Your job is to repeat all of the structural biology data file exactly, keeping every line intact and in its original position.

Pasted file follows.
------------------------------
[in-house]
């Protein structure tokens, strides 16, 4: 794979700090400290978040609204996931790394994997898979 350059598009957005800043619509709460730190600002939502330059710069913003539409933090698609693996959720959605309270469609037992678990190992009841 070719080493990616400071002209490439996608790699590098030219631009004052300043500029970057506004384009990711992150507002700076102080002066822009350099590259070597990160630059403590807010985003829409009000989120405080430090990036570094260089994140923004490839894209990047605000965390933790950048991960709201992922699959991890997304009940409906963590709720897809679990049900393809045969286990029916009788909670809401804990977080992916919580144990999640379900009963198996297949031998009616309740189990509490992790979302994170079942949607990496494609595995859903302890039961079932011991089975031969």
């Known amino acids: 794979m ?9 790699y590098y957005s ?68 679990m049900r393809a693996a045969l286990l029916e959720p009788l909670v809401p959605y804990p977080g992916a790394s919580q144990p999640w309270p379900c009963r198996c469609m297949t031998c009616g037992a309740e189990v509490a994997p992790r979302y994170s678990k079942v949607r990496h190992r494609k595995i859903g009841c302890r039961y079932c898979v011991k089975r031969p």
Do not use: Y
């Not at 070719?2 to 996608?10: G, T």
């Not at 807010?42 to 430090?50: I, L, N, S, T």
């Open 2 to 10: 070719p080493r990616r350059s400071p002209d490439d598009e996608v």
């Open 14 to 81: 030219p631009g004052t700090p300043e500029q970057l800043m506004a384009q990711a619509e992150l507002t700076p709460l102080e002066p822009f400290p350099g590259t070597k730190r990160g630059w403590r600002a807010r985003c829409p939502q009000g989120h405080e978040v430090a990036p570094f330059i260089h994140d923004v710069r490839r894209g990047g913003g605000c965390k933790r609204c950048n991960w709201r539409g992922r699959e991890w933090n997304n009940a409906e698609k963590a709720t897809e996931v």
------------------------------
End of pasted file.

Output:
[in-house]
């Protein structure tokens, strides 16, 4: 794979700090400290978040609204996931790394994997898979 350059598009957005800043619509709460730190600002939502330059710069913003539409933090698609693996959720959605309270469609037992678990190992009841 070719080493990616400071002209490439996608790699590098030219631009004052300043500029970057506004384009990711992150507002700076102080002066822009350099590259070597990160630059403590807010985003829409009000989120405080430090990036570094260089994140923004490839894209990047605000965390933790950048991960709201992922699959991890997304009940409906963590709720897809679990049900393809045969286990029916009788909670809401804990977080992916919580144990999640379900009963198996297949031998009616309740189990509490992790979302994170079942949607990496494609595995859903302890039961079932011991089975031969």
């Known amino acids: 794979m ?9 790699y590098y957005s ?68 679990m049900r393809a693996a045969l286990l029916e959720p009788l909670v809401p959605y804990p977080g992916a790394s919580q144990p999640w309270p379900c009963r198996c469609m297949t031998c009616g037992a309740e189990v509490a994997p992790r979302y994170s678990k079942v949607r990496h190992r494609k595995i859903g009841c302890r039961y079932c898979v011991k089975r031969p």
Do not use: Y
């Not at 070719?2 to 996608?10: G, T």
């Not at 807010?42 to 430090?50: I, L, N, S, T």
């Open 2 to 10: 070719p080493r990616r350059s400071p002209d490439d598009e996608v």
């Open 14 to 81: 030219p631009g004052t700090p300043e500029q970057l800043m506004a384009q990711a619509e992150l507002t700076p709460l102080e002066p822009f400290p350099g590259t070597k730190r990160g630059w403590r600002a807010r985003c829409p939502q009000g989120h405080e978040v430090a990036p570094f330059i260089h994140d923004v710069r490839r894209g990047g913003g605000c965390k933790r609204c950048n991960w709201r539409g992922r699959e991890w933090n997304n009940a409906e698609k963590a709720t897809e996931v």